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Radiation Research

Justin Steinman, Michael Epperly, Wen Hou, John Willis, Hong Wang, Renee Fisher, Bing Liu, Ivet Bahar, Travis McCaw, Valerian Kagan, Hulya Bayir, Jian Yu, Peter Wipf, Song Li, M Saiful Huq, Joel S Greenberger
The acute lethality of total-body irradiation (TBI) involves damage to multiple organs, including bone marrow and intestine. Ionizing radiation mitigators that are effective when delivered 24 h or later after TBI include the anti-apoptotic drug, JP4-039 and the anti-necroptotic drug, necrostatin-1. In contrast to effective delivery of JP4-039 at 24 h after TBI, necrostatin-1 is most effective when delivery is delayed until 48 h, a time that correlates with the elevation of necroptosis-inducing inflammatory cytokines and necroptosis-induced serine phosphorylation of receptor-interacting serine/threonine-protein kinase-3 (RIP3) in tissues...
November 15, 2017: Radiation Research
Guthrie Miller, Deepesh Poudel, John A Klumpp, Raymond A Guilmette, Dunstana Melo
In 2008, Serandour et al. reported on their in vitro experiment involving rat plasma samples obtained after an intravenous intake of plutonium citrate. Different amounts of DTPA were added to the plasma samples and the percentage of low-molecular-weight plutonium measured. Only when the DTPA dosage was three orders of magnitude greater than the recommended 30 μmol/kg was 100% of the plutonium apparently in the form of chelate. These data were modeled assuming three competing chemical reactions with other molecules that bind with plutonium...
November 15, 2017: Radiation Research
Jonathan M Samet, Amy Berrington de González, Lawrence T Dauer, Maureen Hatch, Ourania Kosti, Fred A Mettler, Merriline M Satyamitra
This commentary summarizes the presentations and discussions from the 2016 Gilbert W. Beebe symposium "30 years after the Chernobyl accident: Current and future studies on radiation health effects." The symposium was hosted by the National Academies of Sciences, Engineering, and Medicine (the National Academies). The symposium focused on the health consequences of the Chernobyl accident, looking retrospectively at what has been learned and prospectively at potential future discoveries using emerging 21st Century research methodologies...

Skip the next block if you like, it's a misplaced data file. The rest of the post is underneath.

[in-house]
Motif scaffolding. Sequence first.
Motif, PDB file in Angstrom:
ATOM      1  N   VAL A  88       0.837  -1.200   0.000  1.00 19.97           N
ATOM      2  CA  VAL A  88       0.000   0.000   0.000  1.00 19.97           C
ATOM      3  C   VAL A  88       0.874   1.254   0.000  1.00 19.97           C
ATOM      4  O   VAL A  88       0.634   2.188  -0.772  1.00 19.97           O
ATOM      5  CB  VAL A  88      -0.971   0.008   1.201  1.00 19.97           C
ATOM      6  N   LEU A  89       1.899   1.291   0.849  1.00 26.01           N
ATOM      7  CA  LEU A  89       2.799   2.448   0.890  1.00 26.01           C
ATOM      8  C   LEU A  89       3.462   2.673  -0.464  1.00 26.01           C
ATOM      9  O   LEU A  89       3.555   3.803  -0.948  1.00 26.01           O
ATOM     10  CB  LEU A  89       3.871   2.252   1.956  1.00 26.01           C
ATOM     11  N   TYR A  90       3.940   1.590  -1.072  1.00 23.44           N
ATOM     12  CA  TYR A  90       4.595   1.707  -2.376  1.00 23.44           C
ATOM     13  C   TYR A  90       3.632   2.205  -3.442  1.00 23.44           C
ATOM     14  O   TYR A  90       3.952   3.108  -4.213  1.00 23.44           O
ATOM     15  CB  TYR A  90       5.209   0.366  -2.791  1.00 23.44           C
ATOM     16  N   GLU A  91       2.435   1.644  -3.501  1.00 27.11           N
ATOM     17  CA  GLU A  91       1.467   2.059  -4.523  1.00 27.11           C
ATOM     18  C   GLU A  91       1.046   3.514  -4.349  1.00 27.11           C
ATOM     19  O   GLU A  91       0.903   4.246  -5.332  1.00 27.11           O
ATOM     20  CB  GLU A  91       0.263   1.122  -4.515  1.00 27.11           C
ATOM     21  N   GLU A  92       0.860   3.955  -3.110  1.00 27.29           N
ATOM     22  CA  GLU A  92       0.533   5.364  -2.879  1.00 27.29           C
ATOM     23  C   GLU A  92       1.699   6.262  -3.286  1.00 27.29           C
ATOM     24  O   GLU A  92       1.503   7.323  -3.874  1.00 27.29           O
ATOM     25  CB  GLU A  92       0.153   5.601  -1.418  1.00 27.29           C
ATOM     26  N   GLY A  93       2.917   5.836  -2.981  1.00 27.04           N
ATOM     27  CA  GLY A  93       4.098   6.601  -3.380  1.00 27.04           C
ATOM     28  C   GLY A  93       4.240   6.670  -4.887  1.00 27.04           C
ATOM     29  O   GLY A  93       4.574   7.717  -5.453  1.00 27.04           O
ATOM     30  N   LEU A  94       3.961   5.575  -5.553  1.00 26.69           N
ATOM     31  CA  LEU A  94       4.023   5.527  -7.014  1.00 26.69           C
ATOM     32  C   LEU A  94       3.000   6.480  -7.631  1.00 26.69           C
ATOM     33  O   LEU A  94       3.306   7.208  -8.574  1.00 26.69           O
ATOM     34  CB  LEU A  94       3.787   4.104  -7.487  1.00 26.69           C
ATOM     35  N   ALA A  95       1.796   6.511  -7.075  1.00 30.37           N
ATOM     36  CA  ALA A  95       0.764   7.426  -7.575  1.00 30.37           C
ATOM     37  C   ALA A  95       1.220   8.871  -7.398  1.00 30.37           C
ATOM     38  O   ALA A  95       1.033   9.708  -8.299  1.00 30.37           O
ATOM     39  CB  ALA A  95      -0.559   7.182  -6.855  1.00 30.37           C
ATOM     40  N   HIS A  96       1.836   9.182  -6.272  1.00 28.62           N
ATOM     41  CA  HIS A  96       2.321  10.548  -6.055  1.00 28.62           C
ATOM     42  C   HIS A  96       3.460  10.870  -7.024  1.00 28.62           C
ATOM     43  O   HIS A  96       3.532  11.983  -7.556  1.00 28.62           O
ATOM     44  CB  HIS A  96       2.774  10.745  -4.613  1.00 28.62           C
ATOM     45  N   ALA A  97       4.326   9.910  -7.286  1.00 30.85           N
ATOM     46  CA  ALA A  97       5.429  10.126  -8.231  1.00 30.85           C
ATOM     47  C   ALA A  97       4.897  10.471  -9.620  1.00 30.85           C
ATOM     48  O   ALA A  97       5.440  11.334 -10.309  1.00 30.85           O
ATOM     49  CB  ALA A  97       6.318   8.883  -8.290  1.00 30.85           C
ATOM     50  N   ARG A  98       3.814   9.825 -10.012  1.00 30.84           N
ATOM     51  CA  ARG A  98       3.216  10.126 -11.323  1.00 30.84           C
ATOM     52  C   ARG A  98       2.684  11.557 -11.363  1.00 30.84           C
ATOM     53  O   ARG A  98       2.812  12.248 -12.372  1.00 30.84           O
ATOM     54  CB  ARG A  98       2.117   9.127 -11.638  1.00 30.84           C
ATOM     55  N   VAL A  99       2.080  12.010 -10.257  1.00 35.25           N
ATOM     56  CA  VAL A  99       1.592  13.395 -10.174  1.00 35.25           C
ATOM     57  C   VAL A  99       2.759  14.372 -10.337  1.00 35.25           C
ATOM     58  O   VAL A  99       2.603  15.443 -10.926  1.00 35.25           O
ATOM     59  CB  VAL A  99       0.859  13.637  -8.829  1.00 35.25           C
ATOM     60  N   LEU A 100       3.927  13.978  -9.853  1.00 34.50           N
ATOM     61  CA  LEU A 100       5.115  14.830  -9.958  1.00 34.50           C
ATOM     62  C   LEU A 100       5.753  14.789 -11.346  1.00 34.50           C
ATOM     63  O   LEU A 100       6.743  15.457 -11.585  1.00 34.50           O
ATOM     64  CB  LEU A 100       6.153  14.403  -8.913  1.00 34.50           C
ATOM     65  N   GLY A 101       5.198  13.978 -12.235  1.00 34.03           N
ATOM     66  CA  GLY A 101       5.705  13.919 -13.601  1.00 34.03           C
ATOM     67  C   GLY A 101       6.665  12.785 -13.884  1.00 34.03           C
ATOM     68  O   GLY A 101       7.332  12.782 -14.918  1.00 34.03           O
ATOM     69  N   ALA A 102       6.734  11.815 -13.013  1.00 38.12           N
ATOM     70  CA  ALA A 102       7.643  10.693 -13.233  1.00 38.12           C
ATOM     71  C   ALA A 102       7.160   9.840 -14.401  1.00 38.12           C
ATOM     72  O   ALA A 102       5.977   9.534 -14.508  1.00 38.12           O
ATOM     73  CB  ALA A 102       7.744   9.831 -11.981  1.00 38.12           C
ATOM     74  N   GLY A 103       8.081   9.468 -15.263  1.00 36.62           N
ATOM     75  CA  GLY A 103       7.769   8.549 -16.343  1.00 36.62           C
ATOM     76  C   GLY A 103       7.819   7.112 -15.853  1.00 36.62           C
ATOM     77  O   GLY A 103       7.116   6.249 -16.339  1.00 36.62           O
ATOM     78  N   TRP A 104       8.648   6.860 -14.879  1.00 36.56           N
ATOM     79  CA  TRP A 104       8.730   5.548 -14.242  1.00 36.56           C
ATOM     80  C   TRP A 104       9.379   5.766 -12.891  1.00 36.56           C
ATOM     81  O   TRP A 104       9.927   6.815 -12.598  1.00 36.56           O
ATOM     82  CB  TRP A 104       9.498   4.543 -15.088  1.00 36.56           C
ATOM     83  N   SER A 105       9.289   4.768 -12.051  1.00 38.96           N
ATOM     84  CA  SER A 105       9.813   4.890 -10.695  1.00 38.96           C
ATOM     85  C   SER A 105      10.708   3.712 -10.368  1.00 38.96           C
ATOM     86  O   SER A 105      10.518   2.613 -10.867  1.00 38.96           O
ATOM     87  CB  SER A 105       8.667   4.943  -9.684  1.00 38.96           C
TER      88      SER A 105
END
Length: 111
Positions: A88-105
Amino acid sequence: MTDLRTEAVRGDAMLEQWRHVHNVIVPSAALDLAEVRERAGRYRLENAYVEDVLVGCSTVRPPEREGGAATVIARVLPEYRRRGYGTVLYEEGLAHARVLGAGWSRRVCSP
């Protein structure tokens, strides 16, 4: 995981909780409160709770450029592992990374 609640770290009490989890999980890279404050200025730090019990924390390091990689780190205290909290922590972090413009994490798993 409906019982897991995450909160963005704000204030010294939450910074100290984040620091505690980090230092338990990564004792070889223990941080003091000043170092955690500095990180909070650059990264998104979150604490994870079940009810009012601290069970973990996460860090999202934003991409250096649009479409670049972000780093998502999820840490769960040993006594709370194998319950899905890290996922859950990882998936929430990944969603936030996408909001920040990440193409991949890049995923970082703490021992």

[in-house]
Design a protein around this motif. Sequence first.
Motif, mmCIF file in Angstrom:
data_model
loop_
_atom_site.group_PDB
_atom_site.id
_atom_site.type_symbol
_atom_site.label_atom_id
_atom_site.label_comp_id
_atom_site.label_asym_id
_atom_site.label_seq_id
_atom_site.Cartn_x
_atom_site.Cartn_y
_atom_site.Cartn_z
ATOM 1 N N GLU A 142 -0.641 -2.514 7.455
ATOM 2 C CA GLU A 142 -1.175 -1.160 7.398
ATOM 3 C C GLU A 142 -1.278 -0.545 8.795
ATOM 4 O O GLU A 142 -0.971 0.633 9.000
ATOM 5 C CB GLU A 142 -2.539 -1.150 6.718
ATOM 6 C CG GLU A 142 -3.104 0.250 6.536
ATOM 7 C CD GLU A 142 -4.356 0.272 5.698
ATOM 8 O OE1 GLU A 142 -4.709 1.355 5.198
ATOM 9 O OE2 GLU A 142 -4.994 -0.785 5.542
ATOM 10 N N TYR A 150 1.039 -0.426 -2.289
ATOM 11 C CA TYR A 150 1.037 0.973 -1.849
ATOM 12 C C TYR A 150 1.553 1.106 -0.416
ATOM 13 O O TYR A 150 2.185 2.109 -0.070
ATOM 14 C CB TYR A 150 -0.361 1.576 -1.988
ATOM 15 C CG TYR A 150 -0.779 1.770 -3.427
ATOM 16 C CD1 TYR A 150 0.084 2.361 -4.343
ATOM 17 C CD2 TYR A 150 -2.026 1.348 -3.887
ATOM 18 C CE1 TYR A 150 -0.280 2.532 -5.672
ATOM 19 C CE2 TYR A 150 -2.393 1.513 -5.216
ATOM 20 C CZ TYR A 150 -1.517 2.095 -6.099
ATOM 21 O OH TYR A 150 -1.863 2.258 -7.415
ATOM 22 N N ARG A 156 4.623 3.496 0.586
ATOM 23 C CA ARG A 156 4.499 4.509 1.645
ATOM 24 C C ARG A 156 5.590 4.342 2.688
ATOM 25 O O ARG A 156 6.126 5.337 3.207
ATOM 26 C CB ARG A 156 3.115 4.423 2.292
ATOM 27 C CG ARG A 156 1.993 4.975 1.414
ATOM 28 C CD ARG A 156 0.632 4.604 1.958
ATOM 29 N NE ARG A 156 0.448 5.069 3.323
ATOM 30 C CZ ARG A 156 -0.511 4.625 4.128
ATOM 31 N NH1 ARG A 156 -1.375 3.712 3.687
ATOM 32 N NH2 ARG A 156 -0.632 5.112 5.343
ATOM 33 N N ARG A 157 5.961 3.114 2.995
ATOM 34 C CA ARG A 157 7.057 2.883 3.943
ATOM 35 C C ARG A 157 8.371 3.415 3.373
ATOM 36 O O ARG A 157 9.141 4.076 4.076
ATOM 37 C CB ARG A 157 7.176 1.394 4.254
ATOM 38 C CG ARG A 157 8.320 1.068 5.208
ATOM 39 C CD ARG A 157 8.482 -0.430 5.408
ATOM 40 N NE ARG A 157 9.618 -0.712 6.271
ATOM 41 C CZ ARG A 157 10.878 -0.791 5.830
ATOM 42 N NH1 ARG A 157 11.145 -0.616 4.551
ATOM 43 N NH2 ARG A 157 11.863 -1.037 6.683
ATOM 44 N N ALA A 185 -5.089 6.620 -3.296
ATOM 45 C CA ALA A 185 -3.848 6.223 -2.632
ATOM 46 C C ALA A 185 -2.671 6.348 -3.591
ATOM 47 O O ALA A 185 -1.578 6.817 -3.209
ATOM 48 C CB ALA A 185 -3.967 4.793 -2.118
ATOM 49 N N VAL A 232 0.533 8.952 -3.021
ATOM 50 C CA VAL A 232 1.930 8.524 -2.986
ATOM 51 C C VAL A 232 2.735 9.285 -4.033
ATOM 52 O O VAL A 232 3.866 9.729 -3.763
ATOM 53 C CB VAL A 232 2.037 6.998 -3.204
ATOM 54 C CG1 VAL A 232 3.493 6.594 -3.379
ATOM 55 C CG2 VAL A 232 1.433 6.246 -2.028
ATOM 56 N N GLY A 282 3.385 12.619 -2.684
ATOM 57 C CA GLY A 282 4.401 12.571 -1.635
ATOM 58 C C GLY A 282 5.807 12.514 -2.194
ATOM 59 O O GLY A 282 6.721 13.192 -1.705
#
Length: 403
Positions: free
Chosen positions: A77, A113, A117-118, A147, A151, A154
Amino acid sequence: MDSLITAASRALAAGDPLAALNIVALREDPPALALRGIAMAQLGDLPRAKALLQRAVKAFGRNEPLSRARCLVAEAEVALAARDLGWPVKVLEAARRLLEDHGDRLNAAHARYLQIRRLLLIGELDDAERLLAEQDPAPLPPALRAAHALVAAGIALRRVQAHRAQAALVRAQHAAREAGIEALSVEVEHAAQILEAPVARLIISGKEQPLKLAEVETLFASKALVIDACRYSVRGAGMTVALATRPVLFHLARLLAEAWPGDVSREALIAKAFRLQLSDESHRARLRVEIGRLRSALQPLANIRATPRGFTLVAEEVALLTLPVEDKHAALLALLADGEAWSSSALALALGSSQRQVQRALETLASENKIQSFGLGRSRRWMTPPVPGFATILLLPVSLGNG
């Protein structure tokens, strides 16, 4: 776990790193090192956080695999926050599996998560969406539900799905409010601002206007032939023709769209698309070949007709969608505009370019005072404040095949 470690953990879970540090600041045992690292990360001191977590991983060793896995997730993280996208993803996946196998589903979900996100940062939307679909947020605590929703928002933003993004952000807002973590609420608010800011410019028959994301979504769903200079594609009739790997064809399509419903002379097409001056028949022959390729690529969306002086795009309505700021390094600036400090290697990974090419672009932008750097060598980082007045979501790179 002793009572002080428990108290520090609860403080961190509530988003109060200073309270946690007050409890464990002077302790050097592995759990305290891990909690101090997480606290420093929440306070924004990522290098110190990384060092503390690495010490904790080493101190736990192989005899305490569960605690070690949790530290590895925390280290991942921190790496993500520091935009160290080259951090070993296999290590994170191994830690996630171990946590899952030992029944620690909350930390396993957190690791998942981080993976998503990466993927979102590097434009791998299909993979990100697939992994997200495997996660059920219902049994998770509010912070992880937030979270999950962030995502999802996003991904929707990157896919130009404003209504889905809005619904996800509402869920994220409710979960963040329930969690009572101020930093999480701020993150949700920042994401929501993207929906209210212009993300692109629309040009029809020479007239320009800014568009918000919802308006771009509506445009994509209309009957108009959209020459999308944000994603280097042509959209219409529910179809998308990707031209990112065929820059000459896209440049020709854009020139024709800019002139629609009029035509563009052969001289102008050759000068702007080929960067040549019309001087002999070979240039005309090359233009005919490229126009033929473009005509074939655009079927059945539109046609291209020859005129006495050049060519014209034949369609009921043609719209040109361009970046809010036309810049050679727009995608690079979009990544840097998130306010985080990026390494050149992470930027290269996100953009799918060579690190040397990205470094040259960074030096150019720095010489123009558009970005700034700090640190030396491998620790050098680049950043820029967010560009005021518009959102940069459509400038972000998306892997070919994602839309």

November 14, 2017: Radiation Research
Gabriel Adrian, Crister Ceberg, Ana Carneiro, Lars Ekblad
It is well known that nonirradiated cells can exhibit radiation damage (bystander effect), and recent findings have shown that nonirradiated cells may help protect irradiated cells (rescue effect). These findings call into question the traditional view of radiation response: cells cannot be envisioned as isolated units. Here, we investigated traditional colony formation assays to determine if they also comprise cellular communication affecting the radiation response, using colony formation assays with varying numbers of cells, modulated beam irradiation and media transfer...
November 14, 2017: Radiation Research
Frederico Kiffer, Hannah Carr, Thomas Groves, Julie E Anderson, Tyler Alexander, Jing Wang, John W Seawright, Vijayalakshmi Sridharan, Gwendolyn Carter, Marjan Boerma, Antiño R Allen
Radiation from galactic cosmic rays (GCR) poses a significant health risk for deep-space flight crews. GCR are unique in their extremely high-energy particles. With current spacecraft shielding technology, some of the predominant particles astronauts would be exposed to are (1)H + (16)O. Radiation has been shown to cause cognitive deficits in mice. The hippocampus plays a key role in memory and cognitive tasks; it receives information from the cortex, undergoes dendritic-dependent processing and then relays information back to the cortex...
November 14, 2017: Radiation Research
Tamara Buch, Emanuele Scifoni, Michael Krämer, Marco Durante, Michael Scholz, Thomas Friedrich
There is experimental evidence that ultrasoft X rays (0.1-5 keV) show a higher biological effectiveness than high-energy photons. Similar to high-LET radiation, this is attributed to a rather localized dose distribution associated with a considerably smaller range of secondary electrons, which results in an increasing yield of double-strand breaks (DSBs) and potentially more complex lesions. We previously reported on the application of the Giant LOop Binary LEsion (GLOBLE) model to ultrasoft X rays, in which experimental values of the relative biological effectiveness (RBE) for DSB induction were used to show that this increasing DSB yield was sufficient to explain the enhanced effectiveness in the cell inactivation potential of ultrasoft X rays...
October 26, 2017: Radiation Research
Hermanus J Ruigrok, Delia Arnaud-Cormos, Annabelle Hurtier, Emmanuelle Poque, Florence Poulletier de Gannes, Gilles Ruffié, Fabrice Bonnaudin, Isabelle Lagroye, Neso Sojic, Stéphane Arbault, Philippe Lévêque, Bernard Veyret, Yann Percherancier